I just finished going through all 24 issues of our publication for the year, excluding this one, putting together the year-end wrapup of news events.
That's 580 pages of copy, 32,454,320 words. The word “plant” appeared 5,330 times; “solutions,” 310 times; “profits” 611, up from 2009; and the phrase “in the red” 244 times, way down from 2009.
And now my eyes hurt and I have a headache.
OK, so I'm making up all those numbers, except for the number of issues. It sure seemed that way, though.
Speed-reading so much copy reveals various trends in the rubber industry that emerged throughout the year. First and foremost, the Great Recession has changed into the Great Uncertainty, which is an improvement.
There were an awful lot of dire predictions that, in hindsight, were off a bit. Thankfully.
The big bank bailout didn't cost the country $700 billion—more like $25 billion. That's still a lot of billions, but a fraction of what the Chicken Littles were predicting would be lost.
The auto industry bailout didn't turn the country into a socialist state. Instead, GM is back being public, Chrysler will be trying to spread its wings soon, perhaps a million auto supplier jobs were saved, and the taxpayers didn't take such a beating, after all.
More specific to the rubber industry, pent-up demand for everything seems to be overflowing. The result has been higher-than-expected sales, particularly of tires and automotive-related goods. What happens when that spending spree expires, as you know it willàhmmm.
Another very strong theme that continued to run through the industry is the rising price of raw materials. Natural rubber prices, in particular, are at historic levels.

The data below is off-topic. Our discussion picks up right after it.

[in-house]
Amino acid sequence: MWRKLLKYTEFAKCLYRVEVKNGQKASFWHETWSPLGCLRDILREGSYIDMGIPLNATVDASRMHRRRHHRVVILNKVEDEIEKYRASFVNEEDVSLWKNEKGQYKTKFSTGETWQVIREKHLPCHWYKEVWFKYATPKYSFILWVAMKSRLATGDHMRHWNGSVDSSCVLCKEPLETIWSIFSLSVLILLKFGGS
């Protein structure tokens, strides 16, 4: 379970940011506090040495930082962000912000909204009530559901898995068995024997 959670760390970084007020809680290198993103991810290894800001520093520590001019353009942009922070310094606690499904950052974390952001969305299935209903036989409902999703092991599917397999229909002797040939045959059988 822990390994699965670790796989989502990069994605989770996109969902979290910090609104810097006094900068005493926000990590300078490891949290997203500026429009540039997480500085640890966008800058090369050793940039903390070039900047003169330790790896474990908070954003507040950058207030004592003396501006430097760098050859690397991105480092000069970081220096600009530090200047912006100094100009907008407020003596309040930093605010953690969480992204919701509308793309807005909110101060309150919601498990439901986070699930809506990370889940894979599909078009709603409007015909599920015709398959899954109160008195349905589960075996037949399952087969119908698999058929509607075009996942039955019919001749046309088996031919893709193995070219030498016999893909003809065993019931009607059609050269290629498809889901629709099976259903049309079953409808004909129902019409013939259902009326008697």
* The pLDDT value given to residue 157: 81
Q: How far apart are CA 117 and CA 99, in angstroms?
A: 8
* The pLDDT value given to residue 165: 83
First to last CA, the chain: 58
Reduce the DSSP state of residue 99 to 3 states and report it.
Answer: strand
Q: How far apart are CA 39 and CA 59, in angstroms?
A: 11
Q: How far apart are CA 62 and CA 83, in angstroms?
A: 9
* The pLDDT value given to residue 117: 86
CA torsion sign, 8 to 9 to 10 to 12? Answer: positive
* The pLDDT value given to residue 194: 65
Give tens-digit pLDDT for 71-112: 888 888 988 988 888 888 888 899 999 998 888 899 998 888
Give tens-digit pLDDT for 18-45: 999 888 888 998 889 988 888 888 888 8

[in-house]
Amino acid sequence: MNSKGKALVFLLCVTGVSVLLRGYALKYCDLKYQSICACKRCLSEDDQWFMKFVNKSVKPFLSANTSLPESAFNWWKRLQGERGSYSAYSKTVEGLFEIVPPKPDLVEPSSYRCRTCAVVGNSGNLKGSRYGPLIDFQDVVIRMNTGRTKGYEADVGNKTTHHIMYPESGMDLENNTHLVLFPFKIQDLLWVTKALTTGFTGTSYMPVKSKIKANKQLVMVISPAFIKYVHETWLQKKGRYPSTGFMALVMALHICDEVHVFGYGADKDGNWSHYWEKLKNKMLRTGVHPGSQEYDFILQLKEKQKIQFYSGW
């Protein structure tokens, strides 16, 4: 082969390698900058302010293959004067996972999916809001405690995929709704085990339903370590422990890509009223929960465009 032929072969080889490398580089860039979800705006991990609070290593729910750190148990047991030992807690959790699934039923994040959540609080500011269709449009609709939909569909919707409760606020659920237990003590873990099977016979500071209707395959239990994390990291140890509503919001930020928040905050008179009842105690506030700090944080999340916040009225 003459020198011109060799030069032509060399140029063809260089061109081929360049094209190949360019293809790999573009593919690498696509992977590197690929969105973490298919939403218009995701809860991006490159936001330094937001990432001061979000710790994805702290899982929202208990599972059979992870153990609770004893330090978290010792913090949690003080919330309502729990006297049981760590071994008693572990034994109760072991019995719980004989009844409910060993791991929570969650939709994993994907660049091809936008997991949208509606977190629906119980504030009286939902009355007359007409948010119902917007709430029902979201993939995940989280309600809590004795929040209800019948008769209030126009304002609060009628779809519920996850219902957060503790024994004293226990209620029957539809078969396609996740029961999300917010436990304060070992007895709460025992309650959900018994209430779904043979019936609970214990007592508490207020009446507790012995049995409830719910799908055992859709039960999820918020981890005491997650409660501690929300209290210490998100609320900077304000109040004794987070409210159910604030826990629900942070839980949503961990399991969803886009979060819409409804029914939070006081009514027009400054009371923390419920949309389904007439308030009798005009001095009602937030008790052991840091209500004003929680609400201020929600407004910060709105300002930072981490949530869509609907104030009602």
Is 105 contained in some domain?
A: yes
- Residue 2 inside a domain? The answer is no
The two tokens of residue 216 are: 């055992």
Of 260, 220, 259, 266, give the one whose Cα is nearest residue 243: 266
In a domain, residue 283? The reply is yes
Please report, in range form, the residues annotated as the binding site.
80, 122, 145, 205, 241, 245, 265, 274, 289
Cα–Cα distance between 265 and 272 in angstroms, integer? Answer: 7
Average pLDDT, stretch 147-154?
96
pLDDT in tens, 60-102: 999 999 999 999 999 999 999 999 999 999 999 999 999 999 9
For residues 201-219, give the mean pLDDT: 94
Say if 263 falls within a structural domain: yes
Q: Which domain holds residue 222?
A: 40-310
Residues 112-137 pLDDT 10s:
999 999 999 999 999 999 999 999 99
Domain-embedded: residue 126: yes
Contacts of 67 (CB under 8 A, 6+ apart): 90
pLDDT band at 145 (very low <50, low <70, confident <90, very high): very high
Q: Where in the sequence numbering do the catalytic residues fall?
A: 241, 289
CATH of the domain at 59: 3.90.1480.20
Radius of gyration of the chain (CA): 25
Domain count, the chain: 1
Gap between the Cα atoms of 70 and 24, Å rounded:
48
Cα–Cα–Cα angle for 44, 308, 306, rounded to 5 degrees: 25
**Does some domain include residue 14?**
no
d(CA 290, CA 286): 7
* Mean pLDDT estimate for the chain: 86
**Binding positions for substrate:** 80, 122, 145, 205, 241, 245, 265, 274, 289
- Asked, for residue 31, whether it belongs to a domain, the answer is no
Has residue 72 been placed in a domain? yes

All this means a month didn't seem to go by without another tire company raising prices and blaming it, reasonably enough, on higher raw material costs.
2010 also was a year of big changes for some of the major trade associations in the industry.
The tire manufacturers always dominated the Rubber Manufacturers Association; now they are the RMA, after the group's non-tire members split off to form their own group, the American Association of Rubber Manufacturers.
Meanwhile the ACS Rubber Division moved to take advantage of the growing importance of the health care sector to the rubber business. The division changed its next big expo, next fall in Cleveland, to a rubber expo and advanced materials exhibition.
It's a bold move, trying to attract an audience that already is served by more-general trade shows. The outcome will be worth watching.
The last big theme prevalent for the year was a characteristic the rubber industry always has had: Its resilience. Companies come and go, markets change, competition is always tough, customers are demanding. Despite it all, a surprising number of players in the rubber field made it through the economic downturn, bloody but unbeaten.
Good for them.
Noga is the editor of Rubber & Plastics News.